High Stress No Sex
Anne Rollins MS CSSD RD LDN
In researching my new Men’s Health program embodyMo, beginning Sunday, Movember 1, I was expecting to find most of the topics related to cardiovascular health, as heart disease remains the number 1 killer in men of all ages. Related to stress and anxiety, suicide tops out as the number 1 killer in men under 45.
The top overall slot does still go to heart disease, but turns out, no one is complaining about it. Men do complain about the lack of sex drive when under incredible amounts of stress. Sex is important to everyone, but I will defer and say historically, men in general find sex more important than the rest of us. 🙂 While not being a man myself, I can not confirm firsthand, but knowing many, I think it’s a reasonable statement.
The stress response shuts down many non-essential functions, and the desire to procreate when being chased by the saber-toothed tiger is deemed non-essential. Some men may find sex to be a stress reliever, and in most cases, is a healthy choice. Sure there are exceptions to this when taken to excess, but for the most part, sex can be a stress management tool. Conversely, we may also agree that increased chronic stress will dampen the mood.
I started out thinking this would be an article about heart health, decreasing red meat and increasing kale. However, my research finds me on another path, and one worth discussing. Sex can get thrown in the taboo column, but is an obvious important part of our existence. So all joking aside, and with two consenting adults, sex could be a go-to in the stress management toolbox. But, what happens when we are beyond that point. Stress has already jumped in there, and done it’s thing, shutting down memory causing us to misplace items and miss appointments, create brain fog, anxiety and worry, reinforcing the job of the amygdala (reaction and emotions and increased fear) and completely suppressing sex drive. Using sex as a stress management tool is unlikely when we are consumed by stress, cortisol, low testosterone and the by products of chronic stress. What to do now? Let’s back up and focus on the stress.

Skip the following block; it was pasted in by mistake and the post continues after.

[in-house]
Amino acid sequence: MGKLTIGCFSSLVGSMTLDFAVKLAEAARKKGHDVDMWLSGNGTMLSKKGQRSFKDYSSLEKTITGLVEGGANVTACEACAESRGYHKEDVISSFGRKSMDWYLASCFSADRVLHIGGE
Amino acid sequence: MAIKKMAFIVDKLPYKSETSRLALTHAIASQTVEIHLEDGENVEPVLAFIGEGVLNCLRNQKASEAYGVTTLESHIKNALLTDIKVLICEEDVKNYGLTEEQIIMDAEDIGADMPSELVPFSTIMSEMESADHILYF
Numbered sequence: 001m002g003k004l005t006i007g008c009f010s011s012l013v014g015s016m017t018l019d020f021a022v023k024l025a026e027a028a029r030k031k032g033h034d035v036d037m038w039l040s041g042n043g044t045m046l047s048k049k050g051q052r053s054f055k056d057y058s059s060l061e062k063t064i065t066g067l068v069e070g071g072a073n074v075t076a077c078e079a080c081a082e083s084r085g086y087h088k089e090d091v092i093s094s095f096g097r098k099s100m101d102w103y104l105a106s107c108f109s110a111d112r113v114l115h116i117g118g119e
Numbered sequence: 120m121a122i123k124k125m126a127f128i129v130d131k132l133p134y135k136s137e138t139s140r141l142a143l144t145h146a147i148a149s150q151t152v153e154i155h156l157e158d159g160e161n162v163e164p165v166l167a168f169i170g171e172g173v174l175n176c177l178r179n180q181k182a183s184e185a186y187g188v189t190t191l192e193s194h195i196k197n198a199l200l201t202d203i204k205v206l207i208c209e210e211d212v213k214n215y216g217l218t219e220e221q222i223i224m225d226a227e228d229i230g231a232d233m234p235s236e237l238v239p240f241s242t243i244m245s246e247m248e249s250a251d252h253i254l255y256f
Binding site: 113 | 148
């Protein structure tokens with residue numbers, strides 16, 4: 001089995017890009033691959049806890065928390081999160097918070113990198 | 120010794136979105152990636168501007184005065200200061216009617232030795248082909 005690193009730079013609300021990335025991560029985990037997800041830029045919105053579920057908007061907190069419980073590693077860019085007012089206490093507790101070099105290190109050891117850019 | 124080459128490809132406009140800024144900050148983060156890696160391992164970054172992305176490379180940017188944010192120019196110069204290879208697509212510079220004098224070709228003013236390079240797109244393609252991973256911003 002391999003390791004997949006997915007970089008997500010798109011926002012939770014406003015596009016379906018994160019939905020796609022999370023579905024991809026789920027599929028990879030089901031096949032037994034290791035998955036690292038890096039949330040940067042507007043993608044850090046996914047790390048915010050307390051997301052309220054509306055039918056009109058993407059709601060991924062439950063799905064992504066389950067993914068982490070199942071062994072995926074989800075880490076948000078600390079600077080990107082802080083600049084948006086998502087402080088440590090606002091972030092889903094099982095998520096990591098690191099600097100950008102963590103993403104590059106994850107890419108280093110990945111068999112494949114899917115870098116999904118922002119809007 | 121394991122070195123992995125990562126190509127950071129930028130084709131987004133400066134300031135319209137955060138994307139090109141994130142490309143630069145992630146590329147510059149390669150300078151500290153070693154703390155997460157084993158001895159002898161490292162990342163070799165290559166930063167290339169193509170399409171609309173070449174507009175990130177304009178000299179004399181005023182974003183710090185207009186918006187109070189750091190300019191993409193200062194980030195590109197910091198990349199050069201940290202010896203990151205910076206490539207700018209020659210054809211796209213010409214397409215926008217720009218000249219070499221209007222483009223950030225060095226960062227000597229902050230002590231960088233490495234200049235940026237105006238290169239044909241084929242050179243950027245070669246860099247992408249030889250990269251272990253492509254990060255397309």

We can’t always remove the stressor, so let’s help out the stressee.
(Foundation for this quote belongs to Jesse Itzler and David Goggins. “I’m the suprisor, not the surprisee.”)
Stress management, as I am learning, is not always the same for men as it is for women. I spend much time coaching people on relaxation techniques that involve things like breathing exercises, yoga and meditation. Some of my male clients are resistant to these techniques. Through some recent conversations with men, I recognize that men and women relax differently and there is some value in developing programs for men that do not rely solely on meditation or certain visualizations for stress management. There are other ways, and thank you men for sharing your thoughts.
Here is a sample of some you will find in the embodyMo Project:
- Activity with peers (golf, fishing, running, annual weekend away, woodworking, working on machinery, playing sports, watching sports, spending time alone)
- Listening to music – find your jam
- Exercise – cardio is king
- Video Games – pop into another reality
- Motorcycle Ride – feeling of freedom
- Arts & Crafts for Men – releasing your creativity
- Visualize – see yourself in control and relaxed
- Essential Oil – enhance your musk
- Stretch – increase blood flow to tired achey areas
Try some of these ideas even if you aren’t feeling stressed (not too much on the video games) and if you are looking for a more structured approach to help you distress or learn better stress management skills than the ones you currently have, reach out and join us for Movember embodyMo.
Inquire about embodyMo via contact us on www.embodythelifestyle.net Inquiries are not limited to men!
Want to make a donation to help change the face of Men’s Health? https://movember.com/m/annerollins?mc=1